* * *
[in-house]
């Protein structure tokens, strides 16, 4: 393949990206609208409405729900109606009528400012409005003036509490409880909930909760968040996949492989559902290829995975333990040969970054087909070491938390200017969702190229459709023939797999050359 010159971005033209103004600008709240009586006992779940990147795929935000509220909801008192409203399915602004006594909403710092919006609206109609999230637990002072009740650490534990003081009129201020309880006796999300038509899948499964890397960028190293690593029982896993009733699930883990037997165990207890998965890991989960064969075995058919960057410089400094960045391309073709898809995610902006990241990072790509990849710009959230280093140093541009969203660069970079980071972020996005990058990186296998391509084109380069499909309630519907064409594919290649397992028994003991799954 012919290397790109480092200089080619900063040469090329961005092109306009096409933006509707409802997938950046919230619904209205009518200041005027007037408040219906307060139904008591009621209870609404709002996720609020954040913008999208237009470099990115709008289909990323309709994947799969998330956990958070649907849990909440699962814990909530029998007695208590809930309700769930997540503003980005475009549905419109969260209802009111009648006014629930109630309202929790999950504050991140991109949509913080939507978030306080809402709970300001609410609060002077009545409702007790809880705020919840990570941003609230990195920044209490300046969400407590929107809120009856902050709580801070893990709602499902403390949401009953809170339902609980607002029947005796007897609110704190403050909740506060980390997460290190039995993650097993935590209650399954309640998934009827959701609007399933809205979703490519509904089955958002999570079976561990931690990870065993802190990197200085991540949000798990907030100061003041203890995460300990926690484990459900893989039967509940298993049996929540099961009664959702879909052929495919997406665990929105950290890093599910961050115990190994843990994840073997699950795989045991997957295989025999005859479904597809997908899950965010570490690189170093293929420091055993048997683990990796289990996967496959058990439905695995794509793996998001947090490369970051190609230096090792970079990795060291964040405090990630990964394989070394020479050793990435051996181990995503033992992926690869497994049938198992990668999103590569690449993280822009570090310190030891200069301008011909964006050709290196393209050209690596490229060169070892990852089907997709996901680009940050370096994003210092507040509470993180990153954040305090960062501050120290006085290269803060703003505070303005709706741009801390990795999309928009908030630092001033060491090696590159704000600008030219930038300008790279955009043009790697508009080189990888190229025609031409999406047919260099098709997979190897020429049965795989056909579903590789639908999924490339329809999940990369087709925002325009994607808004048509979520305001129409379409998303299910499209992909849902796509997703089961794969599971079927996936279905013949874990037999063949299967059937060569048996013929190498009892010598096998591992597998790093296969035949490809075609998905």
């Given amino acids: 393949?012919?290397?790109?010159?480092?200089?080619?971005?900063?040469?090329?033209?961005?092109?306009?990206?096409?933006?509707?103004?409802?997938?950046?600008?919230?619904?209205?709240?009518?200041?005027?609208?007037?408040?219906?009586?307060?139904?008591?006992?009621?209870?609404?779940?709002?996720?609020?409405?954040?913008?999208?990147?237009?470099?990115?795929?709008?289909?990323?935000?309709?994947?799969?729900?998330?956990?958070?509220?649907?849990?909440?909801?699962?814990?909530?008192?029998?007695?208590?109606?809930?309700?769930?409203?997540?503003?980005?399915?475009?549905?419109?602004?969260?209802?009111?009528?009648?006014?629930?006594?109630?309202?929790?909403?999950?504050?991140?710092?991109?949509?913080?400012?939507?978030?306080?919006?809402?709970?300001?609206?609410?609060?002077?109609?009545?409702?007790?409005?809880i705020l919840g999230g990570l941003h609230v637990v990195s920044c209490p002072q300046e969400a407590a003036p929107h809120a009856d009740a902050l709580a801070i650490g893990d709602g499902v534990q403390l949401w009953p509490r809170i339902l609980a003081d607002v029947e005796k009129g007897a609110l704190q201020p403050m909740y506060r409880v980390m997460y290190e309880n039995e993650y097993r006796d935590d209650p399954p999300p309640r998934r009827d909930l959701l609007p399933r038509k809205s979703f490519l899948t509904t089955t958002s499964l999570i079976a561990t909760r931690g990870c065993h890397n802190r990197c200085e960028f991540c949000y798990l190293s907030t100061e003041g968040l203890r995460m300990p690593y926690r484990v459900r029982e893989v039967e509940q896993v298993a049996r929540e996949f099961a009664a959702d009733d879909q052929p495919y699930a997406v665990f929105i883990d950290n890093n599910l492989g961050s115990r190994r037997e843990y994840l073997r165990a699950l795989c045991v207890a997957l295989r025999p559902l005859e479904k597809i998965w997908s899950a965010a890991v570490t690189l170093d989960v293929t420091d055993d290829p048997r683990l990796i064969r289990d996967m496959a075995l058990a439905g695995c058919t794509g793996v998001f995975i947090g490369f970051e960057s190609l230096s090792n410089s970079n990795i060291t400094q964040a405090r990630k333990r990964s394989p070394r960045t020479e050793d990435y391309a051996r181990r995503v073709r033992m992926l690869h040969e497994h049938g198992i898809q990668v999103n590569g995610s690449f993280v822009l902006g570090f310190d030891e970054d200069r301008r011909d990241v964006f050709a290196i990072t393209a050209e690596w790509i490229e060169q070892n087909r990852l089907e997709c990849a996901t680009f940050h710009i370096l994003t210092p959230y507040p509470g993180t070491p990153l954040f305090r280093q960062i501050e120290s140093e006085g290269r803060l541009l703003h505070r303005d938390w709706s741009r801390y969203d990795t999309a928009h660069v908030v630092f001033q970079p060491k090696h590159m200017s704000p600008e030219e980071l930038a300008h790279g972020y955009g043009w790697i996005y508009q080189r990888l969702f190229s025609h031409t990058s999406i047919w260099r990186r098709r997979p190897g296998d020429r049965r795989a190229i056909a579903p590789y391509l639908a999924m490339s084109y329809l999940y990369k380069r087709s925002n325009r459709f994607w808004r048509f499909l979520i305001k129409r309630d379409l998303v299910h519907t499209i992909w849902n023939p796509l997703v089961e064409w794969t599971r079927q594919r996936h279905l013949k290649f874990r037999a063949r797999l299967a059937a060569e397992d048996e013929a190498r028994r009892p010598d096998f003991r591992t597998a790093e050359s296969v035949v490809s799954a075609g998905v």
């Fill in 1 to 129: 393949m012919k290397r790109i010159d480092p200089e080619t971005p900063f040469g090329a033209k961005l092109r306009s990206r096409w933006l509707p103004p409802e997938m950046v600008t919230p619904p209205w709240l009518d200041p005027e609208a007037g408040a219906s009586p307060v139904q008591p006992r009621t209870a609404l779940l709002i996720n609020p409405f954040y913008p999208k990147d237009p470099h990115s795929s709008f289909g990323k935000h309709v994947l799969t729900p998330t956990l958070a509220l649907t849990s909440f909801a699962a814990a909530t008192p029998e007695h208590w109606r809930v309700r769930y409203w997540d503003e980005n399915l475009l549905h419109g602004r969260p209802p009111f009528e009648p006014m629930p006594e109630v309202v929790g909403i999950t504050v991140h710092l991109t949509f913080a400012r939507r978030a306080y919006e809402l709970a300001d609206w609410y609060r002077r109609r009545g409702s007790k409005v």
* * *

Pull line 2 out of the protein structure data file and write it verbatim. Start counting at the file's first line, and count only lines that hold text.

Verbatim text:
């Protein structure tokens, strides 16, 4: 393949990206609208409405729900109606009528400012409005003036509490409880909930909760968040996949492989559902290829995975333990040969970054087909070491938390200017969702190229459709023939797999050359 010159971005033209103004600008709240009586006992779940990147795929935000509220909801008192409203399915602004006594909403710092919006609206109609999230637990002072009740650490534990003081009129201020309880006796999300038509899948499964890397960028190293690593029982896993009733699930883990037997165990207890998965890991989960064969075995058919960057410089400094960045391309073709898809995610902006990241990072790509990849710009959230280093140093541009969203660069970079980071972020996005990058990186296998391509084109380069499909309630519907064409594919290649397992028994003991799954 012919290397790109480092200089080619900063040469090329961005092109306009096409933006509707409802997938950046919230619904209205009518200041005027007037408040219906307060139904008591009621209870609404709002996720609020954040913008999208237009470099990115709008289909990323309709994947799969998330956990958070649907849990909440699962814990909530029998007695208590809930309700769930997540503003980005475009549905419109969260209802009111009648006014629930109630309202929790999950504050991140991109949509913080939507978030306080809402709970300001609410609060002077009545409702007790809880705020919840990570941003609230990195920044209490300046969400407590929107809120009856902050709580801070893990709602499902403390949401009953809170339902609980607002029947005796007897609110704190403050909740506060980390997460290190039995993650097993935590209650399954309640998934009827959701609007399933809205979703490519509904089955958002999570079976561990931690990870065993802190990197200085991540949000798990907030100061003041203890995460300990926690484990459900893989039967509940298993049996929540099961009664959702879909052929495919997406665990929105950290890093599910961050115990190994843990994840073997699950795989045991997957295989025999005859479904597809997908899950965010570490690189170093293929420091055993048997683990990796289990996967496959058990439905695995794509793996998001947090490369970051190609230096090792970079990795060291964040405090990630990964394989070394020479050793990435051996181990995503033992992926690869497994049938198992990668999103590569690449993280822009570090310190030891200069301008011909964006050709290196393209050209690596490229060169070892990852089907997709996901680009940050370096994003210092507040509470993180990153954040305090960062501050120290006085290269803060703003505070303005709706741009801390990795999309928009908030630092001033060491090696590159704000600008030219930038300008790279955009043009790697508009080189990888190229025609031409999406047919260099098709997979190897020429049965795989056909579903590789639908999924490339329809999940990369087709925002325009994607808004048509979520305001129409379409998303299910499209992909849902796509997703089961794969599971079927996936279905013949874990037999063949299967059937060569048996013929190498009892010598096998591992597998790093296969035949490809075609998905």